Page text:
Do any other animals cook or in some way prepare food?

I think the question is quite well summed up in the title but I will just clarify that by preparing food I am including ‘mashing together’ ingredients or even something as simple as having different types of food in each hand and alternating bites to form a mixture in the mouth. Cooking food could refer to something as basic as leaving food out in the sun to heat it up. Basically I am wondering if there are any animals that take steps to improve the taste of food beyond how it naturally occurs.

There is a group of macaques that wash potatoes give them by researchers. It’s thoguht that they wash them to get the dirt off, but it might also be to make them a bit salty since the washing is done in sea water.

I seem to recall that certain ants seemed to store thier haul in such a way as to encourage it to ferment and that they did’t seem to eat it until it was ripe. I’ll have to look for a cite on that one to be 100% certain. Get back to ya.

This is probably not by definition a “preparation”, but it’s common for housecats to play with their food before it’s fit to eat.

Anything from picking it up and dropping it outside of the bowl, to pushing it around the fllor first, as if they’re hunting it before they eat it.

Many birds feed their young by first eating something and then regurgitating it into the chicks’ mouths. I’m not sure how much “pre-digestion” happens there, but I imagine the food is at least softened up a bit.

I wonder if the ruminating done by cows qualifies for what you’ve specified.

The Leaf Cutter Ant not only prepares his food, he also a farmer! Must be some mighty tasty fungus.

I remember my dad telling me that Racoons wash some of their food before they eat it (maybe it was just fish). But I can’t say I’ve ever seen an episode of Nature back up that claim.

I’ve also heard that if you give a racoon a sugarcube that they’ll wash and wash it until it dissolves entirely. That might be an urban legend though. Doesn’t say much for the intelligence of racoons.

My biology-studying friends tell me this is because doing so would logically scare the bejeebus out of the critter about to be eaten, and that adrenaline apparantly tenderizes the meat or tastes good or something.

I have a friend who’s something of a redneck, and he says he gives Racoons sugar cubes because of that amusing bit of behavior. Then again, he also claims that he and his brother, in a jeep that had no brakes, no radio, a sofa tied down for a seat, and a diver’s lamp for headlights, were chased by a very large, very angry mountain lion down a mountain road, so I dunno how much to believe most of what he tells me. :smiley:

I’ve heard suggestions that part of the reasons wild dogs bury pieces of meat is because they like the flavor it acquires when it starts to decay.

My youngest dog uses her nose to splash water over her food, then waits until it gets soft. Dunno if that improves the flavor, but she seems to like the texture better. (And no, concerned Dopers, she has no teeth problems. Even the vet said it must just be preference.)

All sorts of creatures are known to smash nuts, if that counts, and I’ve seen elephants at the zoo step on a watermelon to smash it open before consuming it.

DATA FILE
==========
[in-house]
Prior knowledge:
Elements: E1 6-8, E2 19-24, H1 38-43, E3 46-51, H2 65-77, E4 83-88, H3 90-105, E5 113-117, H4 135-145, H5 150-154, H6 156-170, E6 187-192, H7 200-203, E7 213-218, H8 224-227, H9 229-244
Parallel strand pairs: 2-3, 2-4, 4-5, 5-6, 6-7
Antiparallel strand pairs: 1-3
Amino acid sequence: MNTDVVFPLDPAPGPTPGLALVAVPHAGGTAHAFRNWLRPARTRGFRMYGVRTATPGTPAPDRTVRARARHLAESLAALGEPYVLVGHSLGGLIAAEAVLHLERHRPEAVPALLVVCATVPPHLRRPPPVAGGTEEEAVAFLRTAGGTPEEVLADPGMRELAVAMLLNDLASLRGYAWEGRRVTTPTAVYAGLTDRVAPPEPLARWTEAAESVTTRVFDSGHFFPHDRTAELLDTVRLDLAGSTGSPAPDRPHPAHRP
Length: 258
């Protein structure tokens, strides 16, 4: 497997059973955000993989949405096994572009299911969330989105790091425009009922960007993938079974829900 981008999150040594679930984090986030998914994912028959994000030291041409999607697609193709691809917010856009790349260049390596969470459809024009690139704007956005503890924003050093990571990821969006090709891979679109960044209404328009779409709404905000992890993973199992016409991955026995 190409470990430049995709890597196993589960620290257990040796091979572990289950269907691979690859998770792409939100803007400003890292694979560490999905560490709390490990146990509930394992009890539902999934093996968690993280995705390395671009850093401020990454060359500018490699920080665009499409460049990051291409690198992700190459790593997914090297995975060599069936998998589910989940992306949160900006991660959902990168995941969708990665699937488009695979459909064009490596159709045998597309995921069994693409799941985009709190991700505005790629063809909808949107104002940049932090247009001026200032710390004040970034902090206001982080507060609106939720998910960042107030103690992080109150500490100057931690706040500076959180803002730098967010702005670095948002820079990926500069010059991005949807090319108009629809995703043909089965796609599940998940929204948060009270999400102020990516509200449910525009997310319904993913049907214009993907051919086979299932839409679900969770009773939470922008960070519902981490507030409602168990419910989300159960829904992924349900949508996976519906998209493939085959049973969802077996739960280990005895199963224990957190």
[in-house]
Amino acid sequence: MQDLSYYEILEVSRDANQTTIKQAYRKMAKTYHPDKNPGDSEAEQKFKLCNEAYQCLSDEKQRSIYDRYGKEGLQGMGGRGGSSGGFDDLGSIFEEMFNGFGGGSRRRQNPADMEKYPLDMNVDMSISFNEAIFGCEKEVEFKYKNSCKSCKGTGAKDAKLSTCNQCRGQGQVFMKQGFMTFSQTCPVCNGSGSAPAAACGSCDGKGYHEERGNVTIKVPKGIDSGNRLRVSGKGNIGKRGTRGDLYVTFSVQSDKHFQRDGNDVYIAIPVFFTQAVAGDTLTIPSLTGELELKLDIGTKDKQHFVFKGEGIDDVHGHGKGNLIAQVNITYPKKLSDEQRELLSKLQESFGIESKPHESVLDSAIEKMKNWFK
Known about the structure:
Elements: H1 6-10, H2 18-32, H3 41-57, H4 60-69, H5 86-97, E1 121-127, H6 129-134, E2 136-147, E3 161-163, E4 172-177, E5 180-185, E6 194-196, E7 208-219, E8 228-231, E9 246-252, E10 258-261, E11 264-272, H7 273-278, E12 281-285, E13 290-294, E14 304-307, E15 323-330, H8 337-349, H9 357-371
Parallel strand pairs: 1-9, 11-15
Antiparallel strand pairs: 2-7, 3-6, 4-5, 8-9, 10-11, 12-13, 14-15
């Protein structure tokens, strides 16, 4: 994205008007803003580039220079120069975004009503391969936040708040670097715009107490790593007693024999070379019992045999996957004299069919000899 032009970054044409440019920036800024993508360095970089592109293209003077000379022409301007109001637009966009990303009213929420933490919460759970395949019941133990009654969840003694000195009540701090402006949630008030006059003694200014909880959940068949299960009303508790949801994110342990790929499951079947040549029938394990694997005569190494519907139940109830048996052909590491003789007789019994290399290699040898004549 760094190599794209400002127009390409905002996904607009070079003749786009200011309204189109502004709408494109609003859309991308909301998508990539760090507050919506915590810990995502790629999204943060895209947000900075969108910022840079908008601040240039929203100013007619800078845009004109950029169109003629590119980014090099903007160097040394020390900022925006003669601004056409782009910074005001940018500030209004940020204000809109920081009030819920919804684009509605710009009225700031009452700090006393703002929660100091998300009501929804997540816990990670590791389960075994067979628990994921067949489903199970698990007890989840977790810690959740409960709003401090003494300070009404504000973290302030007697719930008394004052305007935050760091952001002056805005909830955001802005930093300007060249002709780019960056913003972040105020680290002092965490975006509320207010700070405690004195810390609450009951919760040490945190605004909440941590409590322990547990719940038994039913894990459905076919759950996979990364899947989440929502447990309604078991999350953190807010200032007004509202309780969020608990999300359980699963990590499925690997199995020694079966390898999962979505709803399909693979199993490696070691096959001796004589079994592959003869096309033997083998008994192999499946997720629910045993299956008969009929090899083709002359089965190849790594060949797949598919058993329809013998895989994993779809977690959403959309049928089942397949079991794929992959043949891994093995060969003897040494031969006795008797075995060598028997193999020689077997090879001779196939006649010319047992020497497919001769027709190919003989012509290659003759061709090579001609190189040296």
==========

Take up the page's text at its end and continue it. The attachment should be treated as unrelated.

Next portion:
Alligators stash their prey underwater for a few days or weeks to allow their kills to decay somewhat and soften up before consuming them.

Spiders inject prey with a paralyzing toxin. Keeps them alive with the autonomic nervous system running but motor shut down. Like Michelle Pfeiffer in What Lies Beneath. The spider wraps up the prey and hangs it until it’s ripe enough to suck the juice out. Remember incidents of this in both The Hobbit and The Lord of the Rings? Tolkien must have had a “thing” about spiders. His earliest memory was of being bitten by a tarantula when he was 3.

I was also going to post about alligators letting dinner ripen. How about using tools to reach the food? Some animals, chimps for sure, use sticks to get ants and termites out of their holes.

I wonder about shrikes? They impale dinner on thorntrees and let it sit awhile too.

Oh, and other animals besides birds regurgitate for their young. I know wolves certainly do it.

Adrenaline makes meat taste tough and gamey. Modern abbatoirs go to great lengths to keep the cows calm right up until the moment of death for precisely this reason.

That’s only an issue if the meat is going to be stored long enough for rigor to set in. Stress depletes the muscle’s energy stores leading to acid buildup during rigor contractions, hence the gamey taste and stringy texture. Of course cats eat their food well before that so it isn’t an issue.

Having siad that, the idea that cats play with their food to improve the flavour seems highly unlikely. Given that cats live on a natural diet inlcuding cockroaches, carrion and injured mammals and birds I doubt very much if flavour enters into it.

What about frying squirrels?

I’m sure I saw a documentary where some kind of animal puts their food into a thermal vent or something to cook it before eating.

I can’t recall any more detail than that, not even what animal it was, so really that’s probably not much help and likely to be inaccurate anyway.

Termites also raise fungus to eat.

Don’t female bears make porridge?

I can’t believe I’m the first to mention bees! It’s quite a process to make honey. They not only make it, they carefully dehydrate it and store it. See here.